And it, you can boil it down to answering the question for each company, which would be different, right? Like, is how much variance in that margin is acceptable and how much do I need to spend or am I willing to spend to minimize that variance?
And sometimes it’s, you know, you come back and say, well, the variance is really only, you know, one or two percentage points, right? And the cost of managing that’s gonna be greater than that, so it doesn’t make sense.
But often it’s like, oh, the variance is actually quite wide and in those years where that profit margin would become loss, right?
I would want that insurance, right? Ne it’d be necessary to become, to stay an a going concern. And that tends to be easier to, to work with large consumers because they’re not in the energy business.
Help! I’m Accidentally in the Energy Business
I mean, they are by accident because, you know, sometimes, you know, the 35, 40 5% of their variable costs might be energy, but they wanna be able to take the amount of unknown and define it to only those risks that they can accept. It’s a little bit more difficult for EMP type guys or trading midstream type guys because they want the upside, there’s a, there’s an expectation for volatility there and sure they get beat up pretty hard when they’re, you know, when they’re only selling a hundred dollars oil and it’s $120 print, they get, they get beat up pretty hard in that sense. Yeah.
So there’s a, there’s, that’s, that’s another piece that’s hard to quantify, right? Can you, can you withstand that? And you know, but as a result, B and p companies, especially small private guys go out of business more often than, you know, transport companies like FedEx, the size of FedEx, right? So,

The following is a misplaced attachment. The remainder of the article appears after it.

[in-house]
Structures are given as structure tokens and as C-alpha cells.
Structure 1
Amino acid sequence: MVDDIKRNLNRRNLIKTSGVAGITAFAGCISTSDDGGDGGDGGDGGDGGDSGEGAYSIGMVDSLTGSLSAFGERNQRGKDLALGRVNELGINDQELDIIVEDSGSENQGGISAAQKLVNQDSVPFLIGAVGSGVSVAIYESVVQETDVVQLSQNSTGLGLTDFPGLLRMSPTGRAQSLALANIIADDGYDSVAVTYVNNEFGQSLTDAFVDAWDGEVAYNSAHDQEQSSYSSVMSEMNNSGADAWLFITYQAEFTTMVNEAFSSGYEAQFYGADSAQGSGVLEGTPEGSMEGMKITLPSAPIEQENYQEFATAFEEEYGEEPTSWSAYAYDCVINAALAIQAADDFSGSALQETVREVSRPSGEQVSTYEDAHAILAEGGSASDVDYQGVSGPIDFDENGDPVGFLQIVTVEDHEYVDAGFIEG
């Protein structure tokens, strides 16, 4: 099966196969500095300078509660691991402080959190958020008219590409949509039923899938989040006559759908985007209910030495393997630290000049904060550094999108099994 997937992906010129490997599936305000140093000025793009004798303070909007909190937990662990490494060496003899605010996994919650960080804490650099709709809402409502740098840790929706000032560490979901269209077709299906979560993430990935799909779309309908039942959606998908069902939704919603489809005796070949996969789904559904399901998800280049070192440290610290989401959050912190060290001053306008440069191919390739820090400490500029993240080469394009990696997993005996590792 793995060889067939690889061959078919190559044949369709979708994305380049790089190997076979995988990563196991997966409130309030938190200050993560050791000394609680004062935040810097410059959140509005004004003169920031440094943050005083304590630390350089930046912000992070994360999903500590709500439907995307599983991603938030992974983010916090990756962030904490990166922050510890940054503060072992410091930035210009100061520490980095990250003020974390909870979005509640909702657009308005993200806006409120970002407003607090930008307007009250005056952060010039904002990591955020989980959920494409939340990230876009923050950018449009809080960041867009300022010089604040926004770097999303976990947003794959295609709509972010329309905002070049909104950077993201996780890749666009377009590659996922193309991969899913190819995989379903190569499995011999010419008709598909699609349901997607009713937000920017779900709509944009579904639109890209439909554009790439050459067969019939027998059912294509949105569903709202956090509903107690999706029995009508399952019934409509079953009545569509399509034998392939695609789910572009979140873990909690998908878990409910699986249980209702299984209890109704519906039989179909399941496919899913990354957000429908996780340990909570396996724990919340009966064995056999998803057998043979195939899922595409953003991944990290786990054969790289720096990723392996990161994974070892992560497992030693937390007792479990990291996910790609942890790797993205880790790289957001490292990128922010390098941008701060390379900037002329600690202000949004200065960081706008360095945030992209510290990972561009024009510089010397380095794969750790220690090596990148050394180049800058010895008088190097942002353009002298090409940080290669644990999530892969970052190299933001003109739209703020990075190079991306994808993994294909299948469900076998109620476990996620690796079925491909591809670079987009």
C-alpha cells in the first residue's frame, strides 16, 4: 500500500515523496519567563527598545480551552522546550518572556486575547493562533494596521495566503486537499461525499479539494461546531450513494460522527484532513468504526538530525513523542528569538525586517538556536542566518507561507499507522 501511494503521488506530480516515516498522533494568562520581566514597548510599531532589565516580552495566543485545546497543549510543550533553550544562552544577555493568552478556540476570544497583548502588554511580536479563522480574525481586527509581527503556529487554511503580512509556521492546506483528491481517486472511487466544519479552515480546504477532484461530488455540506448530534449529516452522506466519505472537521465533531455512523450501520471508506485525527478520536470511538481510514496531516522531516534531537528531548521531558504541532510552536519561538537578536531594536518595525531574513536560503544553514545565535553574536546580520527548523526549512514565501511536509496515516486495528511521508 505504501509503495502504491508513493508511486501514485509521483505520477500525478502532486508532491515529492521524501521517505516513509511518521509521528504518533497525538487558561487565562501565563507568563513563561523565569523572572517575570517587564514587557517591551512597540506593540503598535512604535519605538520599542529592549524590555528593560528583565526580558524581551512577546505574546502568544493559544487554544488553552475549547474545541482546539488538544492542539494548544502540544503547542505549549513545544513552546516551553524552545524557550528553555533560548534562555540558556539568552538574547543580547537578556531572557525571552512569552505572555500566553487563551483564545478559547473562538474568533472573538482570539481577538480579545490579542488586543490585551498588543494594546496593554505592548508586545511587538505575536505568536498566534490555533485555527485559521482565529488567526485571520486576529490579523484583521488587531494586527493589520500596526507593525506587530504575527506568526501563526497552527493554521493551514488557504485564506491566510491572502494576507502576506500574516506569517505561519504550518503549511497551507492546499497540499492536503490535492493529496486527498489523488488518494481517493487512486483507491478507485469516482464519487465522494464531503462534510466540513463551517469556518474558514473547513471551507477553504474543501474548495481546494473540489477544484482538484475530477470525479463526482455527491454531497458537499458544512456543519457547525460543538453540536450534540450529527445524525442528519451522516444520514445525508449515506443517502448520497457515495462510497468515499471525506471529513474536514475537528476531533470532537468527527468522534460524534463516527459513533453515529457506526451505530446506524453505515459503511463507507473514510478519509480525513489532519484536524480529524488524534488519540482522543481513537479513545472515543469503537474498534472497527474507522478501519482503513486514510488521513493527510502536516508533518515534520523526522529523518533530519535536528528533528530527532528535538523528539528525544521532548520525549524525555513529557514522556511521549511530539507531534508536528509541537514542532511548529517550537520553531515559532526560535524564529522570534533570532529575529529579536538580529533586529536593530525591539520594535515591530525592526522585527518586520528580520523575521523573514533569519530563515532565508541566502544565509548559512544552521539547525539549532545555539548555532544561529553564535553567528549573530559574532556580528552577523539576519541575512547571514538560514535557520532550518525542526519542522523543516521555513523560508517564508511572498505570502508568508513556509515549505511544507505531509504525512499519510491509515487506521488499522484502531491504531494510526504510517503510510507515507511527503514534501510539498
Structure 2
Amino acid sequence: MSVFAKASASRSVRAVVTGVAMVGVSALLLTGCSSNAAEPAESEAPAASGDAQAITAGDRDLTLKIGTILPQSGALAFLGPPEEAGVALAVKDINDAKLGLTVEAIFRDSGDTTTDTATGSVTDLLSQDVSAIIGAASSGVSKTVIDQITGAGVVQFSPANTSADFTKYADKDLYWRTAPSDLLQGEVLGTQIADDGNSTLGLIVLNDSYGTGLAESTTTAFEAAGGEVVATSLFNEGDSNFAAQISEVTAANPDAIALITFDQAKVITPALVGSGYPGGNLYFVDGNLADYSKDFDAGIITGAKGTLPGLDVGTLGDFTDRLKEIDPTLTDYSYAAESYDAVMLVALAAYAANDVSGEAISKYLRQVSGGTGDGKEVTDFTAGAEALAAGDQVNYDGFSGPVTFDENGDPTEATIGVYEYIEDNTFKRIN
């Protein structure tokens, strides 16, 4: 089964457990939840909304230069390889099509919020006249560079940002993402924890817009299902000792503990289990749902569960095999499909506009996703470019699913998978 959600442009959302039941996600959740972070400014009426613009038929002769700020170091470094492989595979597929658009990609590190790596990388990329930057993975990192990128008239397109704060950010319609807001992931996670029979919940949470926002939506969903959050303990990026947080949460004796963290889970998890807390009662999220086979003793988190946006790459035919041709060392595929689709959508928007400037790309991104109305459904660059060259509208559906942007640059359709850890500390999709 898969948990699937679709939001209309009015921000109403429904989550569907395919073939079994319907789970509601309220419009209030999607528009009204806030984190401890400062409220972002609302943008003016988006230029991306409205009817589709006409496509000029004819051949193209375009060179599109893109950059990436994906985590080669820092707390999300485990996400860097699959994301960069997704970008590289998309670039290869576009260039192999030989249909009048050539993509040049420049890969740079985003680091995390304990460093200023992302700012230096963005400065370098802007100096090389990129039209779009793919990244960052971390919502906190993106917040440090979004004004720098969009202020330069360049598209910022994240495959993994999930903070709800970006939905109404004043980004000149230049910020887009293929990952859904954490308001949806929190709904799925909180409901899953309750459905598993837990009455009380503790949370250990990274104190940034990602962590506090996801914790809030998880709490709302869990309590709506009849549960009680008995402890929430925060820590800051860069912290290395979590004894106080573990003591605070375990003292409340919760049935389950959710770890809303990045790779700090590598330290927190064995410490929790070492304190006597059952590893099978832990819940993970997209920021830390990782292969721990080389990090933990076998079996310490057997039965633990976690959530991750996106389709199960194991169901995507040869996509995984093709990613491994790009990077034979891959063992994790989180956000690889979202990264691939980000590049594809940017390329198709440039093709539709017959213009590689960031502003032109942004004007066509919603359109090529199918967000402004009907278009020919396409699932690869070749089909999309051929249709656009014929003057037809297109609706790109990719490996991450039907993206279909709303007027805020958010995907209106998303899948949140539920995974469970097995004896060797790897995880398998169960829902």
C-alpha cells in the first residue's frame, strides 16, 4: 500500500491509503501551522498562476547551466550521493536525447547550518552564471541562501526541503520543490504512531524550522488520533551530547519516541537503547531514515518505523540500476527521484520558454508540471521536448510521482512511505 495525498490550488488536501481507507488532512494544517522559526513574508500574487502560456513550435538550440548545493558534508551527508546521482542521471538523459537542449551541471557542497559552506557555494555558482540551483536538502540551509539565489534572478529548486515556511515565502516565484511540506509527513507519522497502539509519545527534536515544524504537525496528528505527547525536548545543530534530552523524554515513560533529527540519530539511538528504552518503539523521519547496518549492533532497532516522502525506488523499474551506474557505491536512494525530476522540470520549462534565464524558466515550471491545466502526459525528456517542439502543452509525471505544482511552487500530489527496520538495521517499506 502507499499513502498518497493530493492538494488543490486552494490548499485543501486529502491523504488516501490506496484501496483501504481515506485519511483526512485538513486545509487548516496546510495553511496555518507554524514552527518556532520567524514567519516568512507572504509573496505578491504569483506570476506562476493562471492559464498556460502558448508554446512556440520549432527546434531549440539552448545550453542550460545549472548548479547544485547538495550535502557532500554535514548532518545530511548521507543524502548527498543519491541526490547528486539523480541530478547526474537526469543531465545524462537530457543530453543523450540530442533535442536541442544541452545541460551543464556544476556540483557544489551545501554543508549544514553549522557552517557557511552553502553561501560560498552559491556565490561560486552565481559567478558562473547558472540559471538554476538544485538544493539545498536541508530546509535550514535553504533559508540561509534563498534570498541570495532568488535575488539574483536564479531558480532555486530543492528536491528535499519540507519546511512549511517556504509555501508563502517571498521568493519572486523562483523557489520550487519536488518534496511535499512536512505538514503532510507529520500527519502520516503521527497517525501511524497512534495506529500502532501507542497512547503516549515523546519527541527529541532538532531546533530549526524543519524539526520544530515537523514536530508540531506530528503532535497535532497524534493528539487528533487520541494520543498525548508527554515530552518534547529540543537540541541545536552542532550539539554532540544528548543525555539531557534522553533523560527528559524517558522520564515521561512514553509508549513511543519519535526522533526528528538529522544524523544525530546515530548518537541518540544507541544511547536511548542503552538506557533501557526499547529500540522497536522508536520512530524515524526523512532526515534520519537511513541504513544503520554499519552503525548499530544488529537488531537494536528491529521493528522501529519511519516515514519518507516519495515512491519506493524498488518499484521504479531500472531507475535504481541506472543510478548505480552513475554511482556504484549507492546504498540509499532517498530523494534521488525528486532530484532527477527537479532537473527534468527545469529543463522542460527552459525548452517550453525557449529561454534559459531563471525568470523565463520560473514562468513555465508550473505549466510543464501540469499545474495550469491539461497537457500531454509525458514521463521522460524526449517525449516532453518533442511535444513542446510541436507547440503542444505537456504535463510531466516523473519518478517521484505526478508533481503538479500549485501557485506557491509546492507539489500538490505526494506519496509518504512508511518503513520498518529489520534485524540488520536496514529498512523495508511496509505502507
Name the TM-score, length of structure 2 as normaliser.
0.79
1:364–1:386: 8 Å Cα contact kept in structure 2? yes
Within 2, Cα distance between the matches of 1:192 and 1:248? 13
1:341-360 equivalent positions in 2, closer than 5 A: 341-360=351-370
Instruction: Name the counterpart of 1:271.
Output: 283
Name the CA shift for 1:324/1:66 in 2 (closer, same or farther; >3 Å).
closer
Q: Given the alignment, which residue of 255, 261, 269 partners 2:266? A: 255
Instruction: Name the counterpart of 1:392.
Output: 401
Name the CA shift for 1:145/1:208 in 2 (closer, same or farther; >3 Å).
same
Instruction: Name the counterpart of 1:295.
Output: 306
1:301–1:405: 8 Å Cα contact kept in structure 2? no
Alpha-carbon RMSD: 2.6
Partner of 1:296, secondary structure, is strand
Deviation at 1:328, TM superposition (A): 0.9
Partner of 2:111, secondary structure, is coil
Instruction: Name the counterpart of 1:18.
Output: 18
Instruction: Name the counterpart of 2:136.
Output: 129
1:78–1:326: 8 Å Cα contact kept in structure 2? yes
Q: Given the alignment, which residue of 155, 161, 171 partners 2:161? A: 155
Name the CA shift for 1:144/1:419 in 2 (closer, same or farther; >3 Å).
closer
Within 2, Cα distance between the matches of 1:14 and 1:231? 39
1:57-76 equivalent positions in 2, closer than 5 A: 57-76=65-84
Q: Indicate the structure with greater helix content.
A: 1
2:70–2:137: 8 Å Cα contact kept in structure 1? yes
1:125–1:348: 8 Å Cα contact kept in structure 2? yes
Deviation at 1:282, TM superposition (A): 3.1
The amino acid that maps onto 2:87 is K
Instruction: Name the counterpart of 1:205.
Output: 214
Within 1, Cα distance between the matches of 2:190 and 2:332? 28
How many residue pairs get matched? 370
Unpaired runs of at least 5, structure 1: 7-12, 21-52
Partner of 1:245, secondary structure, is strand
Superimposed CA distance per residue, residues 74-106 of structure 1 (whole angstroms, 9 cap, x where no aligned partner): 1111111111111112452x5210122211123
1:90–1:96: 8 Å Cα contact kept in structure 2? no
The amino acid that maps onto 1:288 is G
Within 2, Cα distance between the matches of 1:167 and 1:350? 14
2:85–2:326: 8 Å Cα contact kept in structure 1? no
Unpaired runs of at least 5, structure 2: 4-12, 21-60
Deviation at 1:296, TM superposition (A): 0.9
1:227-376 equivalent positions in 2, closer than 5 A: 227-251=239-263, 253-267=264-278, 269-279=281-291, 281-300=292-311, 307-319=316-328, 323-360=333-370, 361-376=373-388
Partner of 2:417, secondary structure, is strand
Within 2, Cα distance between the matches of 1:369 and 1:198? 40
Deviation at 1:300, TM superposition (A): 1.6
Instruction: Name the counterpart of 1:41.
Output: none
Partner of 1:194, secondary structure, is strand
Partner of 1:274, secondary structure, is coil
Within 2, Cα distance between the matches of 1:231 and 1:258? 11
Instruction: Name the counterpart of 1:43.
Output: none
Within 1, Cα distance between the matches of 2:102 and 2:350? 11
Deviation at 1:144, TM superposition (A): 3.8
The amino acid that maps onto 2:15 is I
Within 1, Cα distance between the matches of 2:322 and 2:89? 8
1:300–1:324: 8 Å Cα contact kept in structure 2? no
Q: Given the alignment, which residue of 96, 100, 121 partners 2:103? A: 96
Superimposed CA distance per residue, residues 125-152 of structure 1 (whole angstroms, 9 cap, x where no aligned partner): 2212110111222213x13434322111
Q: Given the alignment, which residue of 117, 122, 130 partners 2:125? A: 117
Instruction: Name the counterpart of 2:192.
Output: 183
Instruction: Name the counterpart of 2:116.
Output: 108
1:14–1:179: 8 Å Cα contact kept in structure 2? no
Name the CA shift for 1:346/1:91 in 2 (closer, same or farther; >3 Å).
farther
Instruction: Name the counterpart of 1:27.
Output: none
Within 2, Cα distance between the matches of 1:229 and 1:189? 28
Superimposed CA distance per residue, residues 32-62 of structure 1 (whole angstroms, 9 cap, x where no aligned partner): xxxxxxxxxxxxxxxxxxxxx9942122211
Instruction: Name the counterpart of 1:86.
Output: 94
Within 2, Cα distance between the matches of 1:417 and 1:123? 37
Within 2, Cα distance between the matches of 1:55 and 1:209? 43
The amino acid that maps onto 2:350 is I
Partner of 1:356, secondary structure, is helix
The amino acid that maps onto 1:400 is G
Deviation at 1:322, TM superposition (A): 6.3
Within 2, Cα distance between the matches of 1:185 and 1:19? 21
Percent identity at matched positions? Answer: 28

And that’s part of just knowing the client for sure. And that’s why everyone’s got a different need and including, um, you know, just the, not only, you know, whether they’re on the consumer or or producer side also, like you mentioned, whether it’s really ener if energy is their primary business or if it’s, there’s something that they’re really looking to manage maybe a little more tightly.
But then also within that even, you know, like you mentioned really kind of briefly there is, you know, maybe some of these smaller companies out there, they wanna just like stay in business right over the long haul and uh, and just keep spinning out, um, cash flows to, you know, either investors or even like, if it’s like a, a family, right?
And so, so one of the things that I just wanted to, there, there was two things in there that were kind of interesting to me.
Like first was, you know, I think it’s important for people to have realistic expectations. Obviously when you go in there, and I’m sure one of the first things you have to do is start really setting those expectations and this idea that it’s, that it’s gonna be a two year process to kind of get things in line, right?
Whether you’re starting from zero or if you are making kind of a strategy shift, or if you’ve just been doing things maybe incorrectly, you know, so what, like what is something you run into, you know, what are the first six months of that two year process, you know, for with a, with a new, uh, client for you?
What’s the first part of getting things going in the right direction?
Uh, yeah. So the first six months or even a year are necessary because you have to work through a couple of periods that are monthly or quarterly to understand their internal processes and their internal metrics, right? And their internal sort of expectations of how their annual or, or sometimes five year cycle is billed, right? Mm-hmm. <affirmative>.
So you, what I try to do is sort of build rapport up until the point where you can contribute to the budget conversation by picking out those things that they get worried about, right?
“And the first task almost inevitably is getting past this conversation, Where do you think prices will be in one month, three month, one year period?”